Completing American Indian Cultural Center and Museum will benefit all Oklahomans

BY J. BLAKE WADE Published: August 5, 2012
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I would like to thank the generous donors who have pledged $40 million in support of the American Indian Cultural Center and Museum. We appreciate their willingness to affirm their pledges as we work with Gov. Mary Fallin and other civic leaders to develop the appropriate plan to complete the center.

Recently, Fallin sent a letter to these donors stating, “I have been a longtime advocate of this project, having served as lieutenant governor and chairman of the Tourism Commission during its inception. I know the value it can bring in tourism dollars and as an economic development tool. Please know that I do not consider this the final chapter for this project. I would like to ask for your patience as we look at all options available to finance the completion of this project, whether it be looking for other partners or returning to the Legislature next session with hopes of a bond issue.”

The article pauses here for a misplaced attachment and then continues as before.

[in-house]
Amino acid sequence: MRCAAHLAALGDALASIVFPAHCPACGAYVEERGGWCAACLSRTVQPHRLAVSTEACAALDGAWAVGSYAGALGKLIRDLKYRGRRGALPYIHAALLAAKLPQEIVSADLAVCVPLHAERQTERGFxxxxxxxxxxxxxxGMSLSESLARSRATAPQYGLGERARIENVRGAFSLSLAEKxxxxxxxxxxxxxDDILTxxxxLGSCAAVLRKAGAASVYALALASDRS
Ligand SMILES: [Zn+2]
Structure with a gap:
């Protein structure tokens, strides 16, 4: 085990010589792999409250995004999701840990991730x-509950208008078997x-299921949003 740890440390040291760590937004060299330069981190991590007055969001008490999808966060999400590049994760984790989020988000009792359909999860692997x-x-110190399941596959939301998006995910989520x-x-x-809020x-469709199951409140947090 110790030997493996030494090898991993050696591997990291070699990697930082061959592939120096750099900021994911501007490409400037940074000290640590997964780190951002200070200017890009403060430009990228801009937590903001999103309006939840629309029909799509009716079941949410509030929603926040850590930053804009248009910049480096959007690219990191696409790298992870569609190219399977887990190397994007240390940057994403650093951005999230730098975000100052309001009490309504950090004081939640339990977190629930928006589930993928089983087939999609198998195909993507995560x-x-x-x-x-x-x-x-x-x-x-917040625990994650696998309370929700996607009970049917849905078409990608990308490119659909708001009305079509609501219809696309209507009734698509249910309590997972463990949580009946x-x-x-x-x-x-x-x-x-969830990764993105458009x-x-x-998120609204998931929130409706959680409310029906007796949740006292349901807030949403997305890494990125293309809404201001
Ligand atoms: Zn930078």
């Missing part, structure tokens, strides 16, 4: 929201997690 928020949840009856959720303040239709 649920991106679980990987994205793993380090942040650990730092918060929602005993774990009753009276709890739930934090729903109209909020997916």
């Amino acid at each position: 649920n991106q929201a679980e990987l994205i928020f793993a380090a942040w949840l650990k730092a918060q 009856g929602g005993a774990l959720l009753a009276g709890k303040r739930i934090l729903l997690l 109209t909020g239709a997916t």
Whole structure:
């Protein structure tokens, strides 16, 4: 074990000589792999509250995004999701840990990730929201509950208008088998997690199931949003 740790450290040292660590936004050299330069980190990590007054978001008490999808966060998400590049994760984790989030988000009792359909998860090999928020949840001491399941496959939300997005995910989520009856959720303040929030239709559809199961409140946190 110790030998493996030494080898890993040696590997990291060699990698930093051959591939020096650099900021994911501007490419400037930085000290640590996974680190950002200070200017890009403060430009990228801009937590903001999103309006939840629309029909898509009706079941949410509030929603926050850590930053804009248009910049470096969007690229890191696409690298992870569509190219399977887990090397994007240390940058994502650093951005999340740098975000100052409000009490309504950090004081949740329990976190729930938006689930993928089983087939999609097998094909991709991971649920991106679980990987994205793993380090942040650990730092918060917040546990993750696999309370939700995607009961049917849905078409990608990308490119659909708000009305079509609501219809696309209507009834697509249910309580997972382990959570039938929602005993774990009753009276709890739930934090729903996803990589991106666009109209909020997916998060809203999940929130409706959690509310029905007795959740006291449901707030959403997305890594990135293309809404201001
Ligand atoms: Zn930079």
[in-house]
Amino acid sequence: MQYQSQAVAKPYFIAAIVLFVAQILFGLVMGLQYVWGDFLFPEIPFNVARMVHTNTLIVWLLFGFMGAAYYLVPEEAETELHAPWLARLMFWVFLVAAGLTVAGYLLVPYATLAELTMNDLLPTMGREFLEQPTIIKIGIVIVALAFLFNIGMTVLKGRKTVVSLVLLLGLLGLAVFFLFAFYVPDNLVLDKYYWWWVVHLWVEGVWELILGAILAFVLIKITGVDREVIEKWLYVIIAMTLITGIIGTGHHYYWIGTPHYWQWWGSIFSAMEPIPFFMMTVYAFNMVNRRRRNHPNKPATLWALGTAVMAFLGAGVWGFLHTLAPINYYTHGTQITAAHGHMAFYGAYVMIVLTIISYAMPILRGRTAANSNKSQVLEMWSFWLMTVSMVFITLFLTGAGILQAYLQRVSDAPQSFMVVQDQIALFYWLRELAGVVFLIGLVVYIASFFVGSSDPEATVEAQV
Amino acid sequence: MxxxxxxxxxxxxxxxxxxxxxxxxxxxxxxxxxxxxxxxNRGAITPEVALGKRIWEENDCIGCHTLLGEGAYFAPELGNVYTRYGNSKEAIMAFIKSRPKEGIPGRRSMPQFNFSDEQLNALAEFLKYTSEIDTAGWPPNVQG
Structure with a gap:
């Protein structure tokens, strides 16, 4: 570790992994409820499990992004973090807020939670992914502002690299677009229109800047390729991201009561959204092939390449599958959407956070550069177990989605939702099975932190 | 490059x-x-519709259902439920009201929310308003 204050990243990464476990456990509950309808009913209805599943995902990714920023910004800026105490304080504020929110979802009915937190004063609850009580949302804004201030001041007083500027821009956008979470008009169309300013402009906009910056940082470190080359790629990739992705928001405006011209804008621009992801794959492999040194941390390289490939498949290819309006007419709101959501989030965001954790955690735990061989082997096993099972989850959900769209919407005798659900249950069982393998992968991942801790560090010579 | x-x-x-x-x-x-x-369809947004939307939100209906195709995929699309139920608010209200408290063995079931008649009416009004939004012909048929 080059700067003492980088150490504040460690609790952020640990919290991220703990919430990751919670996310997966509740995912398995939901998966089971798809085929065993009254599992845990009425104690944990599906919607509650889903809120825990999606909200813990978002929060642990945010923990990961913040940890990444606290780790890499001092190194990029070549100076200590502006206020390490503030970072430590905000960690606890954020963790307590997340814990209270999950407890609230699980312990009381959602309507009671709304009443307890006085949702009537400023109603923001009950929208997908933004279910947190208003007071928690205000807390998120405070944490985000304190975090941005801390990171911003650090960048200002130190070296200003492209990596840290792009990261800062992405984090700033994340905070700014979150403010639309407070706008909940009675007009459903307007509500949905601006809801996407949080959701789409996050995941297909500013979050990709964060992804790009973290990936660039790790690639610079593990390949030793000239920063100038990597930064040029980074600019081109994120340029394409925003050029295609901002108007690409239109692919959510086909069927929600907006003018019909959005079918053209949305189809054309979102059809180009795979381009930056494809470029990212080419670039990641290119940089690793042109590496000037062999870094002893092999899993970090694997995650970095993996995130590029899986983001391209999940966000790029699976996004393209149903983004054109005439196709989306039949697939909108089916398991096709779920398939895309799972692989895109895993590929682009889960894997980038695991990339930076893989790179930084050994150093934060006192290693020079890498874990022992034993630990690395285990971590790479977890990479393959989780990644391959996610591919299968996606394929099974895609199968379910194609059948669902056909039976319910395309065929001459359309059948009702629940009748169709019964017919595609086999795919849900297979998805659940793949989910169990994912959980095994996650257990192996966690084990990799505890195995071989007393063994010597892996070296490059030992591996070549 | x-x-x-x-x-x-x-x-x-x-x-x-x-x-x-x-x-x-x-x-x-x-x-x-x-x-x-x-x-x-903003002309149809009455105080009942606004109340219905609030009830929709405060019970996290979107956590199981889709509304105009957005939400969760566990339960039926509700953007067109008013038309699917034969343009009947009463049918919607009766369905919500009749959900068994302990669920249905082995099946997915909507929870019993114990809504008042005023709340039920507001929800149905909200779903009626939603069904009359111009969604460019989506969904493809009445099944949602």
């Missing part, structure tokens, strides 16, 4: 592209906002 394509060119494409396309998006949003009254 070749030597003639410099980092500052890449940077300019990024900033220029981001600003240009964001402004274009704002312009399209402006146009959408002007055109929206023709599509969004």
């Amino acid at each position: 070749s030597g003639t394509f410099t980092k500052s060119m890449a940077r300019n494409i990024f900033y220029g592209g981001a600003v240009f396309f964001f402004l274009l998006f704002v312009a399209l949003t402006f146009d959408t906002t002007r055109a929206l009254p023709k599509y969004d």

Expansion of tourism offers a major economic development opportunity for Oklahoma, which will result in jobs and increased tax revenues from out-of-state visitors. Studies show the American Indian experience provides Oklahoma with the distinction needed to compete successfully in the worldwide tourism market. Cultural tourists expect three things from Oklahoma: the American Indian, cowboy and Western attractions, and Route 66 experiences. In 2009, Price-waterhouseCoopers LLC stated: “The American Indian Cultural Center and Museum is an essential element in growing Oklahoma's Native American heritage and tourism product, not just in Oklahoma and surrounding states, but across the United States and potentially worldwide.”

Every governor since Henry Bellmon has supported this project. However, it has faced a series of challenges. In 2002, Congress passed legislation that authorized $33 million for the center. However, in 2003 the Iraq War began, followed in 2005 by Hurricane Katrina, and then in 2008 the deepest recession since the Great Depression. As a result of these events, the $33 million wasn't appropriated by Congress, construction costs increased because of Hurricane Katrina and the opportunity for private fundraising was severely hampered. Completion of the center has thus been delayed, resulting in an increase in construction costs.

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